I had a Saturday job in a shop, where I got to oggle all the chocolate, fondling the bars as I stacked the displays, Mars Bar as big as my hands, I think my hands were smaller then, either that or Mars Bars have shrunk now. Yes there were the midget gems (black ones are best) and Yorkshire Mixtures, boiled sweets which cut the roof of your mouth, but you didn’t complain or your mates would think you were soft, but they were nothing compared to chocolate. My favourites then and now are Fry’s Peppermint Cream and plain chocolate Bounty and I’m not even going to start on how they are best eaten, let’s just say, chocolate first, then it gets messy.

For my birthday this year, I teamed up with my mate Jaz for a Zoom party, cheap on the catering, no arguments over who drives and I get to eat all the chocolate in the box of Celebrations, though I leave the Snickers for Noel. Just the Snickers. We played a game from Richard Osman’s excellent book The World Cup of Everything. Richard came to the Ilkley Literature Festival a couple of years ago where he did the chocolate challenge. He is officially the Nicest Man in Showbusiness, but warned that things could get heated when it came to crowning the chocolate king and queen. The quiet, polite audience was shocked, surely there wouldn’t be such passion over a Milky Way or a Curly Wurly? Within minutes, the hall was in uproar as Richard’s knock-out format eliminated firm favourites. I’d taken my bat home because my minty favourite wasn’t even in the running. I forget what won, it wasn’t mint, that was all that mattered.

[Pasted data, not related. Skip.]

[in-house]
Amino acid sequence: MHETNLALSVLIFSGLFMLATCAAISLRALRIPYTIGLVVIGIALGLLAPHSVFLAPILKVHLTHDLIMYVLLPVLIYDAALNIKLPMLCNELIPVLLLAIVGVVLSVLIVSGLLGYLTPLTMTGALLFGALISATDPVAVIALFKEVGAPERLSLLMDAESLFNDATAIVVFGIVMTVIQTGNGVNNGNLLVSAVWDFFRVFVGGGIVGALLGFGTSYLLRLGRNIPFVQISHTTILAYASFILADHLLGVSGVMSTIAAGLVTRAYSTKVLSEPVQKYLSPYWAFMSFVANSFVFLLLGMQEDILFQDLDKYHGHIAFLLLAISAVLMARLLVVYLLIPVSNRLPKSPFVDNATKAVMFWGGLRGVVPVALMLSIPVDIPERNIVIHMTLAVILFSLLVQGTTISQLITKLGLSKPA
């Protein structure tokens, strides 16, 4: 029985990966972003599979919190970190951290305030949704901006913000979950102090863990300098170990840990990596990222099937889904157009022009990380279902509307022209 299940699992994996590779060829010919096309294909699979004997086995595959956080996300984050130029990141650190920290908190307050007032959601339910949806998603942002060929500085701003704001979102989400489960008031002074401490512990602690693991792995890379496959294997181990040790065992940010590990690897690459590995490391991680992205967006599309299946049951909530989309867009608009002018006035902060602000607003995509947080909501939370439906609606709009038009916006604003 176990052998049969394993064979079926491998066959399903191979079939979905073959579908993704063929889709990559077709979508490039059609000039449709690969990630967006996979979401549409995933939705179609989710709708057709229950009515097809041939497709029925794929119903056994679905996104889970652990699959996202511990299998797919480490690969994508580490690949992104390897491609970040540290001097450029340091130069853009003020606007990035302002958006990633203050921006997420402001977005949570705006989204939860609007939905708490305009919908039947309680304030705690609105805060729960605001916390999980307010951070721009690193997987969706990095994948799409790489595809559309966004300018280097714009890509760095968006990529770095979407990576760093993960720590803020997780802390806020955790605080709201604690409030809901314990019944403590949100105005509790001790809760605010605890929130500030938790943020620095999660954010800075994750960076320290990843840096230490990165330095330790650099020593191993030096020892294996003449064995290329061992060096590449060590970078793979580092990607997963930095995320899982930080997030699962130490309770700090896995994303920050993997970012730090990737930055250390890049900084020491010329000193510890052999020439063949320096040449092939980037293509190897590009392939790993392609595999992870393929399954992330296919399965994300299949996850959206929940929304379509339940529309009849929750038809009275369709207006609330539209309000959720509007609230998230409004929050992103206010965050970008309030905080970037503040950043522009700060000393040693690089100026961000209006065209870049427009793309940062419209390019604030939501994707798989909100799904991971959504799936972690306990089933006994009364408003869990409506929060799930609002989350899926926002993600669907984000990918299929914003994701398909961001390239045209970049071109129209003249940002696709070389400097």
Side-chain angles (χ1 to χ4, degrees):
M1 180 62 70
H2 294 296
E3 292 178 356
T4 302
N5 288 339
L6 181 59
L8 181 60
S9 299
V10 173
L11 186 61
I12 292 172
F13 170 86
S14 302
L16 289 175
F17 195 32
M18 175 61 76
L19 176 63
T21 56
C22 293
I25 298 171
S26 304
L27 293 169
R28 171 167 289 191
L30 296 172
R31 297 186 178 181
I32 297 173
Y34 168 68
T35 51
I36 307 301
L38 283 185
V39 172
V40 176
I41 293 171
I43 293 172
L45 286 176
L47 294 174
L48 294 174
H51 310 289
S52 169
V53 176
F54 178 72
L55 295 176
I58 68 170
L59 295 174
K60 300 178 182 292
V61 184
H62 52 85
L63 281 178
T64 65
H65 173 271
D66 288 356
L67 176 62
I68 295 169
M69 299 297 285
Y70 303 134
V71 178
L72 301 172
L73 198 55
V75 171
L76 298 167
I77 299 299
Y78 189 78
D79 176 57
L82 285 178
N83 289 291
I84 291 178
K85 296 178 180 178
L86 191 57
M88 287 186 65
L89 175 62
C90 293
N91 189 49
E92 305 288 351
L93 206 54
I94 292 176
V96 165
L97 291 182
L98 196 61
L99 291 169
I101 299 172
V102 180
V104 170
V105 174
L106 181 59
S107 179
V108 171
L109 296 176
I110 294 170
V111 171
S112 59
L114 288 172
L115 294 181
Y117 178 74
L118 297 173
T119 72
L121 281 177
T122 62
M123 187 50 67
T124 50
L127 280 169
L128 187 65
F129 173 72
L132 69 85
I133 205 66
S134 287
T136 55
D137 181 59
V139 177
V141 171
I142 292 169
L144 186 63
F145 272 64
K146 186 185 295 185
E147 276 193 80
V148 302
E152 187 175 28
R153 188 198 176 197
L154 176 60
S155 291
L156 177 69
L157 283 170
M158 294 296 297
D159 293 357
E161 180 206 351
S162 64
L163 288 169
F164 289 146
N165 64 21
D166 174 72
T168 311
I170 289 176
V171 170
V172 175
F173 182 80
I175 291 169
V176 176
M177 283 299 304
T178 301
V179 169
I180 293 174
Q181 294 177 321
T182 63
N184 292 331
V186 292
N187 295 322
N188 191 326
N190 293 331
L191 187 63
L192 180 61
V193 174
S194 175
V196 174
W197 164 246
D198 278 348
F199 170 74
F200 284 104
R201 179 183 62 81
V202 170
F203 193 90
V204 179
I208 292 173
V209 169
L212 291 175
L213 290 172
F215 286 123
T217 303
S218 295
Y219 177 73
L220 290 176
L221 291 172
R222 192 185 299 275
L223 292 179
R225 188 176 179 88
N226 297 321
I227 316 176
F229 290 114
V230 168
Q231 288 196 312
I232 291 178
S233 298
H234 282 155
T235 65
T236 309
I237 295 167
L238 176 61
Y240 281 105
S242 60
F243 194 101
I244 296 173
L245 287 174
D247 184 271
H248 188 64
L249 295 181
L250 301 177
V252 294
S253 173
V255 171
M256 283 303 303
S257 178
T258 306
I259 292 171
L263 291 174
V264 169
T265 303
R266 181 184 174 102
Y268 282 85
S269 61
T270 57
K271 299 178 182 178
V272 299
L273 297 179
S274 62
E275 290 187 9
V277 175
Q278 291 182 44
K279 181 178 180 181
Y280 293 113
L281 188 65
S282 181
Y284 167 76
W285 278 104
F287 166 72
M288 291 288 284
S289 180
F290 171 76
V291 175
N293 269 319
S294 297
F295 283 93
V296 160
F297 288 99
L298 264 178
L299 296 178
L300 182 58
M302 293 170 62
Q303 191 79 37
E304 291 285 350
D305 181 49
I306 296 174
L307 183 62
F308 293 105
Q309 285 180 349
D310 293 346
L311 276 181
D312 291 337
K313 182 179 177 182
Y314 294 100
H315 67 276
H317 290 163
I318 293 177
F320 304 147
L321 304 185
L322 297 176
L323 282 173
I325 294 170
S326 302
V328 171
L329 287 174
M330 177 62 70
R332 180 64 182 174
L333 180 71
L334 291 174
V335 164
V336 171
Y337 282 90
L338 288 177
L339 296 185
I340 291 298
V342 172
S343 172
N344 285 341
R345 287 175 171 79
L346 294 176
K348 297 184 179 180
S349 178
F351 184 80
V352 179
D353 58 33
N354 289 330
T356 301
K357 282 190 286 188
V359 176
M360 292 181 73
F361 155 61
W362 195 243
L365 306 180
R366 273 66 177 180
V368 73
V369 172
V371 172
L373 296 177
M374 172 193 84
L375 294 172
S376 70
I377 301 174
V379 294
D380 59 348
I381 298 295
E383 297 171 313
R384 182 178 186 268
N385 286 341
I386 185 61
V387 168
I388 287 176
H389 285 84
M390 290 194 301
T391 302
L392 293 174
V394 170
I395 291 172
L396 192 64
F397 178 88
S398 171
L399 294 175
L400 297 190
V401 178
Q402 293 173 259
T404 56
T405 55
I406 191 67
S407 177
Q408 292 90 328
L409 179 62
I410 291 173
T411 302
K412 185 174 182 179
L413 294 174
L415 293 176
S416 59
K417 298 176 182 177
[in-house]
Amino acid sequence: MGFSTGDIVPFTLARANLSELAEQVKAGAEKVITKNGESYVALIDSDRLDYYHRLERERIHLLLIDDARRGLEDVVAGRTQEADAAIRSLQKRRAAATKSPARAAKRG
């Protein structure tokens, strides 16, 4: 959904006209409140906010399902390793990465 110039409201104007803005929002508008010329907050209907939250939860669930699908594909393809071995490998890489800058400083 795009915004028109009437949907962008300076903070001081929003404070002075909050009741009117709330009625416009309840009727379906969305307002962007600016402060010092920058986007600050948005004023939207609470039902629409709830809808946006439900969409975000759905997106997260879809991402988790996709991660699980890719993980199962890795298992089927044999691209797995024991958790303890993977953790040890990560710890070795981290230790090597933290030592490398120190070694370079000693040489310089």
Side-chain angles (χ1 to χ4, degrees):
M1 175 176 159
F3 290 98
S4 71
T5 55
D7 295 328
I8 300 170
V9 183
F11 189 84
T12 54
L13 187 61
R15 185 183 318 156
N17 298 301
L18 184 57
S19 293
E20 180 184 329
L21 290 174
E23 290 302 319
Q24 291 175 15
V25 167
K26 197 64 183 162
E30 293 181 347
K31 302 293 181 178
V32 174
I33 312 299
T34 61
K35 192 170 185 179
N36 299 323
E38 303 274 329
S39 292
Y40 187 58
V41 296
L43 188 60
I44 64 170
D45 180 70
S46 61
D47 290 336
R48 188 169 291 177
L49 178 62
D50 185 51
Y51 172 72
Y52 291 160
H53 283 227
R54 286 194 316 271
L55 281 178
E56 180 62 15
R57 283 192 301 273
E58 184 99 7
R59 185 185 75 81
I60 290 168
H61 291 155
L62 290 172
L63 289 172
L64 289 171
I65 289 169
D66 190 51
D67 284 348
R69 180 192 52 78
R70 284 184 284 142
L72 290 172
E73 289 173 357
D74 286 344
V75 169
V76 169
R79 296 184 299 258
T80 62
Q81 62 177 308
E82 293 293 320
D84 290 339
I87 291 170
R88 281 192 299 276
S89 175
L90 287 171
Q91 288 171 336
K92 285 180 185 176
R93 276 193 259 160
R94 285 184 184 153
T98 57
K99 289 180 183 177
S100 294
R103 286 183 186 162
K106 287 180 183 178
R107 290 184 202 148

I did warn my Zoomates that it could get rowdy, and so it turned out to be. Who would have thought Twix would be eliminated in the first round? Who would have dreamed the finalists would be Kit Kat Chunky and Twirl? And the winner? Twirl! Twirl, I ask you, the poor man’s Flake. I can tell you things got heated, with Flake said to smell like poo and Hershey Bars to taste of sick. Not that Hershey Bars or Kisses featured, but we did mention them in honour of our Trans-Atlantic guest, who defended them to the hilt, but he would do that, wouldn’t he? We had a few pleas for left-field countlines, Aztec anyone? How about that lovely coconut and cherry confection Cabana? One of our younger competitors had to Google Walnut Whip, oh blimey I felt old!

The arguments continue, the Twixers insist they were robbed and the four-finger Kit Kat-ers won’t accept the chunky version. The late surge for creme egg came to nothing, but there was still no mint candidate. Next time I do this, they’ll ALL be mint.

Latest chocolate polls show Snickers to be the nation’s favourite, followed by Cadbury’s Dairy Milk, than Galaxy, Bounty (hopefully the plain chocolate version) , Kit Kat, Twix and, in seventh, yes seventh place, Twirl. In 12th place, so not even making the top ten is Aero Mint, but, hey, what do THEY know?